FAA steps up fuel tank safety push

Associated Press

WASHINGTON — The government on Monday ordered airlines and airplane manufacturers to inspect airplane fuel tank designs to prevent fires like the one investigators blamed for the 1996 crash of TWA Flight 800.

The Federal Aviation Administration ordered manufacturers to conduct the review and then develop regular tank inspection and maintenance programs. Airlines also must develop such programs for their fleets.

In addition, new airplanes must be designed to reduce the chance that fuel vapors in the tanks will ignite, causing an explosion.

"It’s time for a new approach to fuel tank safety," FAA Administrator Jane Garvey said.

The ruling did not come as a surprise to airplane makers including Boeing, many of whom had been working with closely with the FAA.

The new rules will affect about 7,000 airplanes that have at least 30 seats, impacting all major airplane manufacturers. The FAA estimates the new rules will cost the industry $165 million over 10 years.

Investigators blamed a fuel tank explosion for the crash of TWA Flight 800, a Boeing 747 that went down on July 17, 1996, shortly after taking off from John F. Kennedy Airport in New York bound for Paris. All 230 people aboard were killed.

The National Transportation Safety Board said a flammable fuel-air mixture in the tank probably was ignited by an electrical short circuit, but the plane’s design contributed to the blast by putting heat sources under the tank.

In April, the FAA also ordered airlines to shut off fuel pumps in the center fuel tank on Boeing 737s when there is a low level of fuel in the tank, citing ignition concerns.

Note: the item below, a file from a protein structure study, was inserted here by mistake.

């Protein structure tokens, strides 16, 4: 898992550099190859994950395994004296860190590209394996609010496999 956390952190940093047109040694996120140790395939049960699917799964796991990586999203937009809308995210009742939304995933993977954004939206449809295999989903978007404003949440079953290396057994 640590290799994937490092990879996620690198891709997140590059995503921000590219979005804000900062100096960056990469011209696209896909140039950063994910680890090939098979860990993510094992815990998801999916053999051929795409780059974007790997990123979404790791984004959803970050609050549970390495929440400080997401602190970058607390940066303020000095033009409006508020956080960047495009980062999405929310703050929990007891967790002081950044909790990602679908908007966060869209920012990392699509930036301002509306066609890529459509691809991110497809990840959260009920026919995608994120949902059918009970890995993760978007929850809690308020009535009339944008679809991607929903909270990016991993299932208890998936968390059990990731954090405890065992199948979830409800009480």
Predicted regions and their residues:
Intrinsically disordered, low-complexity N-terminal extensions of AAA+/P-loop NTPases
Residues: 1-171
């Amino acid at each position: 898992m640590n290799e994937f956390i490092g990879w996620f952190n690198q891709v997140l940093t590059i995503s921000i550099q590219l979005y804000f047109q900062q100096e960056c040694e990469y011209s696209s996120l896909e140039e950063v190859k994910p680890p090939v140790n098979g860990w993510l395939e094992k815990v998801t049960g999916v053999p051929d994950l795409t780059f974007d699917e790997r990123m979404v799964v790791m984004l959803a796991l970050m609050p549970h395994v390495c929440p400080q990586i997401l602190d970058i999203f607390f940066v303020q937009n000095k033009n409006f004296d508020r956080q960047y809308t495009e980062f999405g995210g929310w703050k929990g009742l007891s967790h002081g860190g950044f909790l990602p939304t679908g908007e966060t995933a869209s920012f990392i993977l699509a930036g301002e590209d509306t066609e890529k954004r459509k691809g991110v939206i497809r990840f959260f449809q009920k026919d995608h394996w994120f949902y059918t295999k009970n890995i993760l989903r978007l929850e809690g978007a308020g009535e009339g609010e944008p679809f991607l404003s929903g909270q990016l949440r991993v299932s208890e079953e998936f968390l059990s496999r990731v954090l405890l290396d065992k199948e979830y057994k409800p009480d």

Earlier this year, a Thai Airways Boeing 737 that was sitting on the tarmac in Bangkok, Thailand, exploded while the center fuel pump was running nearly on empty. The cause of the explosion, which killed one crew member and injured seven others, has not been determined.

The center fuel tank pumps also were running dry on a Philippine Airlines 737 that suffered an explosion on the ground in 1990, killing eight people. The cause of that explosion was never determined.

The FAA order follows similar guidance Boeing made earlier.

The NTSB has made several recommendations to reduce the chances of a fuel tank fire, including requiring a certain amount of fuel in the tank before turning on the pump, installing insulation between the fuel tanks and heat-generating equipment, and pumping in gases that don’t ignite in order to reduce the amount of air in a fuel tank. The NTSB has listed its fuel tank recommendations among its most-wanted safety improvements.

Copyright ©2001 Associated Press. All rights reserved. This material may not be published, broadcast, rewritten, or redistributed.

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